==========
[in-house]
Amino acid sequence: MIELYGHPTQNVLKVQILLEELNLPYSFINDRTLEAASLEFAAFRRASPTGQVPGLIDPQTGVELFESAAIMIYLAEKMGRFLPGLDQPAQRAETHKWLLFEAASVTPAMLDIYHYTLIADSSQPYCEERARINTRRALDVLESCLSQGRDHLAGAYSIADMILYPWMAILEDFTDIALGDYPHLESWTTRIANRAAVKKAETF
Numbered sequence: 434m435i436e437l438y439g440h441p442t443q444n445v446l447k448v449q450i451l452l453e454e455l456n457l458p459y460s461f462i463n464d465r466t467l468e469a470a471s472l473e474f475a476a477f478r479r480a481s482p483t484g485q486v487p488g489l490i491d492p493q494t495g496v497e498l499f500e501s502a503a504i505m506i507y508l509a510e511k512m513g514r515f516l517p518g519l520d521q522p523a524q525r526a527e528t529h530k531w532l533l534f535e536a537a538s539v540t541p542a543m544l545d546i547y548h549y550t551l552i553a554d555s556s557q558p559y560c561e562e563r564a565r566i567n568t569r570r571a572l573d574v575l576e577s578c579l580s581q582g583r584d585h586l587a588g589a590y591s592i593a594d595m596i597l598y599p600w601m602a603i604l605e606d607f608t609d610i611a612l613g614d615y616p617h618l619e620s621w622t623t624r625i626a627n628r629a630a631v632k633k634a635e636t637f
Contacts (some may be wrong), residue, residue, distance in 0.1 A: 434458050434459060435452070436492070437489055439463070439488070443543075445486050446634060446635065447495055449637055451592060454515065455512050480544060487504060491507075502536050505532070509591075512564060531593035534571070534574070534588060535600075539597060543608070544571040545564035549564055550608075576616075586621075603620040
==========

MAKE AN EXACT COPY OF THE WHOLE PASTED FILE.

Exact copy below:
[in-house]
Amino acid sequence: MIELYGHPTQNVLKVQILLEELNLPYSFINDRTLEAASLEFAAFRRASPTGQVPGLIDPQTGVELFESAAIMIYLAEKMGRFLPGLDQPAQRAETHKWLLFEAASVTPAMLDIYHYTLIADSSQPYCEERARINTRRALDVLESCLSQGRDHLAGAYSIADMILYPWMAILEDFTDIALGDYPHLESWTTRIANRAAVKKAETF
Numbered sequence: 434m435i436e437l438y439g440h441p442t443q444n445v446l447k448v449q450i451l452l453e454e455l456n457l458p459y460s461f462i463n464d465r466t467l468e469a470a471s472l473e474f475a476a477f478r479r480a481s482p483t484g485q486v487p488g489l490i491d492p493q494t495g496v497e498l499f500e501s502a503a504i505m506i507y508l509a510e511k512m513g514r515f516l517p518g519l520d521q522p523a524q525r526a527e528t529h530k531w532l533l534f535e536a537a538s539v540t541p542a543m544l545d546i547y548h549y550t551l552i553a554d555s556s557q558p559y560c561e562e563r564a565r566i567n568t569r570r571a572l573d574v575l576e577s578c579l580s581q582g583r584d585h586l587a588g589a590y591s592i593a594d595m596i597l598y599p600w601m602a603i604l605e606d607f608t609d610i611a612l613g614d615y616p617h618l619e620s621w622t623t624r625i626a627n628r629a630a631v632k633k634a635e636t637f
Contacts (some may be wrong), residue, residue, distance in 0.1 A: 434458050434459060435452070436492070437489055439463070439488070443543075445486050446634060446635065447495055449637055451592060454515065455512050480544060487504060491507075502536050505532070509591075512564060531593035534571070534574070534588060535600075539597060543608070544571040545564035549564055550608075576616075586621075603620040